Farmers In the lower Salmon River and Bessette Creek area are not allowed to irrigate
By Diego Flammini
B.C. producers are concerned about how a government order could affect their crops and livestock.
Farmers gathered at the Westwold Community Hall on Sept. 2 to speak with community reps and provincial MLAs about the provincial government’s water protection order and highlight its unfairness.
“Why in their wisdom did they decide that berries and fruit are more important than beef or livestock?” a dairy farmer said during the meeting, the Vernon Morning Star reported.
The order from the provincial government came on Aug. 16 in response to the drought and its effects on low water levels.
The fish population protection order states that, in order to protect chinook populations, “approximately 398 surface and groundwater licence holders in the lower Salmon River and Bessette Creek area must stop using water for forage crops, which include grass for hay, alfalfa and forage corn.”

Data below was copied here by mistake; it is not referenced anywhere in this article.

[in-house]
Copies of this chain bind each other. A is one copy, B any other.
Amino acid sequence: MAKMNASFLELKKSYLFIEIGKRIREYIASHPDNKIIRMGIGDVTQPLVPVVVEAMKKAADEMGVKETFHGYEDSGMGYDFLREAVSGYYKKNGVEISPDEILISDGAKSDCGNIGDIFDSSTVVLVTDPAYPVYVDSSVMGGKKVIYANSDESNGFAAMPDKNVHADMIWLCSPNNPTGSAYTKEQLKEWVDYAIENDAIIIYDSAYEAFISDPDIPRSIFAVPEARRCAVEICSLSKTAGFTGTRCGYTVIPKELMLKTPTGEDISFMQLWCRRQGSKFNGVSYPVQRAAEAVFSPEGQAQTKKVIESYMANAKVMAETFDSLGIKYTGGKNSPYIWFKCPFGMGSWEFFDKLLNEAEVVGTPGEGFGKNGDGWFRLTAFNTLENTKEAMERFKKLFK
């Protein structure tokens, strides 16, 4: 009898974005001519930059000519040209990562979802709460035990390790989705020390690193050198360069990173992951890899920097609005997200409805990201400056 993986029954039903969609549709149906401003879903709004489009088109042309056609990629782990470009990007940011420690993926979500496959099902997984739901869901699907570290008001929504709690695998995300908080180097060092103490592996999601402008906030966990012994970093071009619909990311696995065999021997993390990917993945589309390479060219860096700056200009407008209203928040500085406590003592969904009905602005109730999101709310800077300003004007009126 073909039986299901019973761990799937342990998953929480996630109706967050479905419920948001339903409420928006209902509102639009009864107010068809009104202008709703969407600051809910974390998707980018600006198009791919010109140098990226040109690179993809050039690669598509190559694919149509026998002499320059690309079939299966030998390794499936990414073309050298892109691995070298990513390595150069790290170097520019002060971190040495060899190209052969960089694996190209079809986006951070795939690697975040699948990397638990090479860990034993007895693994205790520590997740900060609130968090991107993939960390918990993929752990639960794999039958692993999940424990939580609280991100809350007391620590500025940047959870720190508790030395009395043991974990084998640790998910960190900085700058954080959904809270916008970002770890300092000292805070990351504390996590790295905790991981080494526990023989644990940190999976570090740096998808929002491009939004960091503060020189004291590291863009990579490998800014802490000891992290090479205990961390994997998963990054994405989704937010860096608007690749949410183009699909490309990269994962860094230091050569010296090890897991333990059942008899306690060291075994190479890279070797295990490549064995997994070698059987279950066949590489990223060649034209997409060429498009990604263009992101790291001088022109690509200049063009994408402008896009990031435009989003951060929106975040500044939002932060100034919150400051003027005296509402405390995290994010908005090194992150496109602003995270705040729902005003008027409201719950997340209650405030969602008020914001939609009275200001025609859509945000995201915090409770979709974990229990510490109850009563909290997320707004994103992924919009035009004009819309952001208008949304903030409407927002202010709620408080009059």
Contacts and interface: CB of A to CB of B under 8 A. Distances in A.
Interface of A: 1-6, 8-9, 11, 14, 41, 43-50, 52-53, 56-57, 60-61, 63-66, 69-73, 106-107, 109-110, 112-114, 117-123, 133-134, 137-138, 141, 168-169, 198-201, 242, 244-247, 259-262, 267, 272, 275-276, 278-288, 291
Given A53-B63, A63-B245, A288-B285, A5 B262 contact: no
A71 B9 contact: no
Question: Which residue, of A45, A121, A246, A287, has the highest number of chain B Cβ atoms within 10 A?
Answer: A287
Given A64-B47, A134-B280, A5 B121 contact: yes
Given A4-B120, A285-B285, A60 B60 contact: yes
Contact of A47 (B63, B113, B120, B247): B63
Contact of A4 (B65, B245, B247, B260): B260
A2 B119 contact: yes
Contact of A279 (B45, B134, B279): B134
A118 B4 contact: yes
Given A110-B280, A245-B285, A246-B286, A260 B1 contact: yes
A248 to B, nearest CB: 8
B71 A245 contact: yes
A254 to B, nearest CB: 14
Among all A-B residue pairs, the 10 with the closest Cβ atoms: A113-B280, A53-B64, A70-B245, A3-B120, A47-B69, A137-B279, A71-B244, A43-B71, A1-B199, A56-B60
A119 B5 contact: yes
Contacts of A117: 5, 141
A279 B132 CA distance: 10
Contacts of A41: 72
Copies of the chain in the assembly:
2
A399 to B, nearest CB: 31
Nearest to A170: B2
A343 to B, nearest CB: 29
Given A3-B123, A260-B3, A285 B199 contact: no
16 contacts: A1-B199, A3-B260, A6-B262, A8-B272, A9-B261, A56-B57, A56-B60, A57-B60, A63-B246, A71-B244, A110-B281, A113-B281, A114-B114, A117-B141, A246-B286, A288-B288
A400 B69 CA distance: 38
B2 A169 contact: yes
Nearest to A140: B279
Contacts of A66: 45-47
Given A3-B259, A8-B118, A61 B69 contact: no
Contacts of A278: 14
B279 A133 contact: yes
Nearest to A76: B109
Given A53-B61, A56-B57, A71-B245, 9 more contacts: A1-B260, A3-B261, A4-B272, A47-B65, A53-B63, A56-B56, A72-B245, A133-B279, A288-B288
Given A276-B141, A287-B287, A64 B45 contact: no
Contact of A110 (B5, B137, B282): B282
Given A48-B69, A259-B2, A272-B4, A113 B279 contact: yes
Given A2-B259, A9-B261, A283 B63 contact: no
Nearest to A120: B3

The order does not, however, apply to “water diverted and used for non-forage crops, such as market vegetables, livestock watering or domestic purposes.”
The order is in effect until at least Sept. 30. And those defying the order risk receiving a fine.
One B.C. farmer is holding a meeting with members of the local ag community.
The meeting will take place Sept. 9 at Steve Robinson’s family business, Pitt Meadows Plumbing (20142 113B Ave.) at 9:30 a.m.
The ag community needs to be united when speaking with lawmakers on this issue.
“A large number of us here are trying to get in front of this problem,” he said, the Maple Ridge-Pitt Meadows News reported.
Anyone seeking information about the upcoming meeting can send an email to email@example.com.